New taskforce to disrupt paramilitary groups

Officers tackling paramilitary-related crime in Northern Ireland have been joined by law enforcement colleagues to create a new specialist unit.

Sep 27, 2017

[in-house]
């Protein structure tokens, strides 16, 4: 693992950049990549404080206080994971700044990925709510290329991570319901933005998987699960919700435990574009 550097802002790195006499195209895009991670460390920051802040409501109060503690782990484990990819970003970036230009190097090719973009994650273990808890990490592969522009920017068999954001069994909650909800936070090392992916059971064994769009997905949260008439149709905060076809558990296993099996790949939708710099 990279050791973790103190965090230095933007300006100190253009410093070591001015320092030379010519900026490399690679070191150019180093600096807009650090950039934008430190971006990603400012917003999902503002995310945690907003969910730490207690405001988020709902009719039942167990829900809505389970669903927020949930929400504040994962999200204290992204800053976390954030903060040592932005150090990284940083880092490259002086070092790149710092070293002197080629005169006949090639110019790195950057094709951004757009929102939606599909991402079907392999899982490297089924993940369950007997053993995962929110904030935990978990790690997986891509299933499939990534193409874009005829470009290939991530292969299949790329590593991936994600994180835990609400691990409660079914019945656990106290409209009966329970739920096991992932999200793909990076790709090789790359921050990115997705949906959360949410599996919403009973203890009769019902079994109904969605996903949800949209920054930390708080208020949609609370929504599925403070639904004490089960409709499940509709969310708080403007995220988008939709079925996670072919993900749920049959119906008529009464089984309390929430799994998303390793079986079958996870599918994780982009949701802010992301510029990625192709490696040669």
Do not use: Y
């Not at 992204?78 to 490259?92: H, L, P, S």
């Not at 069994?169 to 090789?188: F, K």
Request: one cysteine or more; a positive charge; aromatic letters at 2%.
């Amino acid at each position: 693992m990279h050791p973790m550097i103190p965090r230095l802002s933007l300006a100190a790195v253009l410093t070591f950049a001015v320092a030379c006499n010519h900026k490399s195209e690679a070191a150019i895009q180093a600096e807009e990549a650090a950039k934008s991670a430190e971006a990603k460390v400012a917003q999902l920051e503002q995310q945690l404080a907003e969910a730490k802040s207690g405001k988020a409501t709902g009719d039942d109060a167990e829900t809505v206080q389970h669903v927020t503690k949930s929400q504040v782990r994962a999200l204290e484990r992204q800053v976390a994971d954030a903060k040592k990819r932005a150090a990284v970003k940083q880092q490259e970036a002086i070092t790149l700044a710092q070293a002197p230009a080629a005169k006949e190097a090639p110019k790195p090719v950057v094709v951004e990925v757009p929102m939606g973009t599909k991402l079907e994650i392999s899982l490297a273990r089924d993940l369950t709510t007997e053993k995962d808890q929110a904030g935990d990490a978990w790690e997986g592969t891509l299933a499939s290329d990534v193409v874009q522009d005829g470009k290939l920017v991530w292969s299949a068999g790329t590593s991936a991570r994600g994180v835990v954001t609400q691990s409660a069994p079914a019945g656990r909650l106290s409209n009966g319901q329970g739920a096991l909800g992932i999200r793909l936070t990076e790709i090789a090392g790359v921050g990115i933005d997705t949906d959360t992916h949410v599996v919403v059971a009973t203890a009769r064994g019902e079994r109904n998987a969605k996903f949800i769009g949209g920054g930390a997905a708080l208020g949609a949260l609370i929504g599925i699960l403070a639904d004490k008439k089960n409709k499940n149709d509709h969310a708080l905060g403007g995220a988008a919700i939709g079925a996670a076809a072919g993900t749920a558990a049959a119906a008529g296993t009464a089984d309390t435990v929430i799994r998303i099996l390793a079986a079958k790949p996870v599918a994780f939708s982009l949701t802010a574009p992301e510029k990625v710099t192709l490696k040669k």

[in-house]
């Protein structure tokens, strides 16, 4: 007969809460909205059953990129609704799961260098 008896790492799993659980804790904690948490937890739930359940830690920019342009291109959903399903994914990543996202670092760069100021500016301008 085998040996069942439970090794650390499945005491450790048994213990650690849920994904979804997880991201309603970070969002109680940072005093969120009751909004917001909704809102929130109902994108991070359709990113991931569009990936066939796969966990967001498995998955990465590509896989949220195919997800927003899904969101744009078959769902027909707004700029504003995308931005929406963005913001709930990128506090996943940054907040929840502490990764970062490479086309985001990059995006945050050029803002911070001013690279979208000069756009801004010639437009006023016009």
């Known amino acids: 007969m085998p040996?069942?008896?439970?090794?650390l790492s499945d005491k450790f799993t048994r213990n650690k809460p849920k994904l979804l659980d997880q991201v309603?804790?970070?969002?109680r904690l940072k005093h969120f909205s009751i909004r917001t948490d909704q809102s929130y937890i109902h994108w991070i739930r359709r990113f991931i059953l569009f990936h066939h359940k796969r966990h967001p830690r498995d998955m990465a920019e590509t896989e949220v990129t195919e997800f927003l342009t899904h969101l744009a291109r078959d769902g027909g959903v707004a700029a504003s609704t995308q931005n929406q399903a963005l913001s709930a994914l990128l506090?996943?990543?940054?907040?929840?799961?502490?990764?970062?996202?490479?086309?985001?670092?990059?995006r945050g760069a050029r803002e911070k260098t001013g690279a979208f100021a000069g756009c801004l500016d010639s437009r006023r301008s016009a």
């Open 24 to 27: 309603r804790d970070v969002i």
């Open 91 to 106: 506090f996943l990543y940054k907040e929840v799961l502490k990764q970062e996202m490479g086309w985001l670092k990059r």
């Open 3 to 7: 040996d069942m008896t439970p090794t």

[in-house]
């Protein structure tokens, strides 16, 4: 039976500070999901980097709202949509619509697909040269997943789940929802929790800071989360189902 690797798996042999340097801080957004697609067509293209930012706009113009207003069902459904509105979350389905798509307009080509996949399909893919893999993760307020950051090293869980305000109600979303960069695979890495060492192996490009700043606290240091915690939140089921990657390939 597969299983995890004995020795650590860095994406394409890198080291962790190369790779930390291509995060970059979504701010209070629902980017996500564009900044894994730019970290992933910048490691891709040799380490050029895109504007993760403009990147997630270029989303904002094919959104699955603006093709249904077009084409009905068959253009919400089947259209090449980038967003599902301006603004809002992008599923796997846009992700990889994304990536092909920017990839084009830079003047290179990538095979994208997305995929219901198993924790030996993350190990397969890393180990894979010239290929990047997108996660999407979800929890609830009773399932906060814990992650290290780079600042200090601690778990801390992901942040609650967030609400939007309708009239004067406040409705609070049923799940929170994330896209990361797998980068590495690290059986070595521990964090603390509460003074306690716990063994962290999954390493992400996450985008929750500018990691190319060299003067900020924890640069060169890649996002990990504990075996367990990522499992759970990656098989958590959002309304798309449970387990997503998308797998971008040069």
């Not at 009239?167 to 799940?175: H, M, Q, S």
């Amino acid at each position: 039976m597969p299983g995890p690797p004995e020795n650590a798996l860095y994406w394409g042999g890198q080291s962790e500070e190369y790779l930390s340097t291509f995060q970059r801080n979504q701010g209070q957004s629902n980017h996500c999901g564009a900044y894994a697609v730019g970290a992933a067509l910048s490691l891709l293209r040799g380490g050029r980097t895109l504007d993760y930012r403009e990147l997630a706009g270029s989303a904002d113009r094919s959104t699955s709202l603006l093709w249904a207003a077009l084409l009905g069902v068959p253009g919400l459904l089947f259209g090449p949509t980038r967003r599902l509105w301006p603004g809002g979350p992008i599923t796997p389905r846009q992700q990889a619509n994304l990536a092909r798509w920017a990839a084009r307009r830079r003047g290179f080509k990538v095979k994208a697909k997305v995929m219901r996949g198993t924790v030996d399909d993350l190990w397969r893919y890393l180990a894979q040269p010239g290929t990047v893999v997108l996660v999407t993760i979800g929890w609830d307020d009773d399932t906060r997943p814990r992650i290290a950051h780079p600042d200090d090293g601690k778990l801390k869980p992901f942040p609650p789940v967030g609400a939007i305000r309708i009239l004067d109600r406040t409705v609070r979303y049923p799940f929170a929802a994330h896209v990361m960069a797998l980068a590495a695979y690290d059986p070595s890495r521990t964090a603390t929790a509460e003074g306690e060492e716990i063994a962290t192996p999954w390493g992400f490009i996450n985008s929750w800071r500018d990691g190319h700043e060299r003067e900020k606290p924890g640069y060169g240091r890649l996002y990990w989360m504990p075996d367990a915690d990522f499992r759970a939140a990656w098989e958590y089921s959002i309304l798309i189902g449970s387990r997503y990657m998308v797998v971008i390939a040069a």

Officers tackling paramilitary-related crime in Northern Ireland have been joined by law enforcement colleagues to create a new specialist unit. Forty Police Service of Northern Ireland (PSNI) officers will work alongside the National Crime Agency (NCA) and HM Revenue and Customs in the Paramilitary Crime Taskforce. The unit will investigate crimes including extortion, intimidation, violence and drug dealing linked to paramilitary gangs and will have a “range of covert capabilities”, the NCA said. It will be funded by £25 million over the next five years provided by Westminster and Stormont. Lynne Owens, Director General of the NCA, said: “The NCA and its partners will use every law enforcement tool and power, and intelligence sharing opportunity available, to disrupt paramilitary-related criminal activity which has such a significant impact on many communities and individuals. “We will play a full and proactive part in this taskforce on behalf of all communities across Northern Ireland. “I am proud of the contribution the NCA has already been able to make to this work, and I look forward to seeing the taskforce go from strength to strength.” PSNI officers have already been working on the initiative for the last year but have now been joined by 22 NCA staff and ten from HMRC. Around 100 people were arrested for paramilitary-related crime in Northern Ireland last year and 66 were charged. Officers seized £450,000 in criminal assets, along with guns, ammunition and explosives. Chief Constable George Hamilton said that many of the approximately 100 organised crime groups in the country take part in paramilitary activity. “We prioritise against the threat risk and harm that they pose to communities,” he said. “We simply go where the evidence is and where the intelligence takes us, so that reaches us into most of the paramilitary groups. “We don’t get too concerned about what the label is, it’s the harm that they’re causing in communities that we want to disrupt and reduce.”

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